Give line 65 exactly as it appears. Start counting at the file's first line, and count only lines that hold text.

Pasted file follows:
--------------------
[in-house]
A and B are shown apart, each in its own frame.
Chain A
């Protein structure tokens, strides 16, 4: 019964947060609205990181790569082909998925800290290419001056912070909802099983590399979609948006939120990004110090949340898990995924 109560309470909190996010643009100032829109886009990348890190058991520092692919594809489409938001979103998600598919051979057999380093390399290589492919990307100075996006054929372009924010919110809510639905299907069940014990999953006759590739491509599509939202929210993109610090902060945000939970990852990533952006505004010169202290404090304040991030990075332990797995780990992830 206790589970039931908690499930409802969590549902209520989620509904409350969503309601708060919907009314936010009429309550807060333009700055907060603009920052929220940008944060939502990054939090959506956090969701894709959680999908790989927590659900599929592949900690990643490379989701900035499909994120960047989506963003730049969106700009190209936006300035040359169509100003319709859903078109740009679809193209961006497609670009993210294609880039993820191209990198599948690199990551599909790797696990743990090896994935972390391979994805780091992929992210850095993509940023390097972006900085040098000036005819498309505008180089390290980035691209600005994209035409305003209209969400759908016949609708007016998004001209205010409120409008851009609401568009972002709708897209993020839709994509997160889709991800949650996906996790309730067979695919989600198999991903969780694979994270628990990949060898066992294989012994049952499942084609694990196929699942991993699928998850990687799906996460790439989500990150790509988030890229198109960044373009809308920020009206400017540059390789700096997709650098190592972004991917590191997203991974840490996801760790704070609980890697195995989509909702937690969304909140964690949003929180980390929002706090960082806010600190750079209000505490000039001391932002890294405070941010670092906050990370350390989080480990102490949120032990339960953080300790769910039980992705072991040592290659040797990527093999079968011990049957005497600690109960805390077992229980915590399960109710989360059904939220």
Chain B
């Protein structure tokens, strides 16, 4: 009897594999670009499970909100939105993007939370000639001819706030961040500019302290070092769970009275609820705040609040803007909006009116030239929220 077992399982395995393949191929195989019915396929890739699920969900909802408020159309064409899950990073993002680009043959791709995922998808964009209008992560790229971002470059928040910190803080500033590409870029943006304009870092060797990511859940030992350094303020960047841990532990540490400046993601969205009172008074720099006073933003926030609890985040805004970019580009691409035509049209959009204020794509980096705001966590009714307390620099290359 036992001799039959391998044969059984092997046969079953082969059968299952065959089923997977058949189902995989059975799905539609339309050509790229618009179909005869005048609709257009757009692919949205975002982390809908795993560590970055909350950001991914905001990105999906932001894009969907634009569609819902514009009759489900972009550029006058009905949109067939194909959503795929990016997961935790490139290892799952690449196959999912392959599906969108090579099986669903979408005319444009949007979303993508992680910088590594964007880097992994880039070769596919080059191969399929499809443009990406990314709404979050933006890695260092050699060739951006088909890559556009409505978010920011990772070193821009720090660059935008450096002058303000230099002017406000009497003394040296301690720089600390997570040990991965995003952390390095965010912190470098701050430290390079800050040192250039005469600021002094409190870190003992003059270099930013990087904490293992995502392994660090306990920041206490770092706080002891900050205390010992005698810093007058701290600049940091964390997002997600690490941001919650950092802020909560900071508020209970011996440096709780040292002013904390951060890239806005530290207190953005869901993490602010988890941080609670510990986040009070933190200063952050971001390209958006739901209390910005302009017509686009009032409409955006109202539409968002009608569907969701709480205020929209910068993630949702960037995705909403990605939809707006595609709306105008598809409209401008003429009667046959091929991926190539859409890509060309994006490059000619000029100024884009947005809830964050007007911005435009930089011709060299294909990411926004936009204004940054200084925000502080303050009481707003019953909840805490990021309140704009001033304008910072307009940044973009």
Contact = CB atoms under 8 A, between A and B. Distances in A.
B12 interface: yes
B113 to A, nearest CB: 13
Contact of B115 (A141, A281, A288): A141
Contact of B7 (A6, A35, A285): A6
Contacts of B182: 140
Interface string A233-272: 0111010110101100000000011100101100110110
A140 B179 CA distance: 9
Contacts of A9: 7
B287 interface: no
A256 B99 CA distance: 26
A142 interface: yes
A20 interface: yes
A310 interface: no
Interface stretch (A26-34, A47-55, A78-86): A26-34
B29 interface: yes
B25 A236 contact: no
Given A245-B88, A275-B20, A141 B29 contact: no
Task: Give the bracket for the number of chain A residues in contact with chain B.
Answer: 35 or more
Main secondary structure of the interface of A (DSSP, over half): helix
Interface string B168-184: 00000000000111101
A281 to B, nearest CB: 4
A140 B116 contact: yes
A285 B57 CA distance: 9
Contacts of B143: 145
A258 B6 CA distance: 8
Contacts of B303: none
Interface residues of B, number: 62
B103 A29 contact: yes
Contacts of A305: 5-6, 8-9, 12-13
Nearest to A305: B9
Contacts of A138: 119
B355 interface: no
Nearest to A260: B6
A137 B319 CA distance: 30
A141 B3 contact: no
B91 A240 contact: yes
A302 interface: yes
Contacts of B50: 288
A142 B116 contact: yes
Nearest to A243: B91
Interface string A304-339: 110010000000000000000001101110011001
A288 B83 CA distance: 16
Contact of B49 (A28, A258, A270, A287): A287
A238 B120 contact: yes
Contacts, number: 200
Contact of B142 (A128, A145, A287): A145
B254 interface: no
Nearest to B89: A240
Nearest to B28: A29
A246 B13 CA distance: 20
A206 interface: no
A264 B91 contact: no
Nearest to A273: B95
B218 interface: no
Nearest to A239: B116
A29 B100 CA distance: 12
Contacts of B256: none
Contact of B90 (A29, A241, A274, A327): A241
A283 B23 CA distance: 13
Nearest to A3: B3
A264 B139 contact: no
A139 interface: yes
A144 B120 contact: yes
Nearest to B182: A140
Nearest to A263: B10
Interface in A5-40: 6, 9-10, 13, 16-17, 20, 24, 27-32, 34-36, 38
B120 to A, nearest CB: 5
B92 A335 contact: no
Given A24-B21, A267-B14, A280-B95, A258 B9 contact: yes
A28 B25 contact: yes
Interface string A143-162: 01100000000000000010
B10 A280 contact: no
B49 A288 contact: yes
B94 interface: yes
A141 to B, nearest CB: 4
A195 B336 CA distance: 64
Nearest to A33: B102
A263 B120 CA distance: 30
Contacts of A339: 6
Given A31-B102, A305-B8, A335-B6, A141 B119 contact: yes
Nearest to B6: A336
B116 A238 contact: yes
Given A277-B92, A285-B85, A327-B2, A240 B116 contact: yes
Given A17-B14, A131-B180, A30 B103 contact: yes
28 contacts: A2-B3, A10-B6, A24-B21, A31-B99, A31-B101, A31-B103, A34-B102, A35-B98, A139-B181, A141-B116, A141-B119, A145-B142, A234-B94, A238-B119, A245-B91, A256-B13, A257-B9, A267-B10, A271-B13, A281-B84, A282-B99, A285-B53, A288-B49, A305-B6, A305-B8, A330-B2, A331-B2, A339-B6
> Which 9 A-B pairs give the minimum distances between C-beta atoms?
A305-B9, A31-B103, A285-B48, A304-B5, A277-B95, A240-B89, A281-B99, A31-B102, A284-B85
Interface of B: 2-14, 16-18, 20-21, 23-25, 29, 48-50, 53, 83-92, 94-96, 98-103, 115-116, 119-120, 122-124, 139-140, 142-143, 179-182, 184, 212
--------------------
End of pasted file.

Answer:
Contacts of B256: none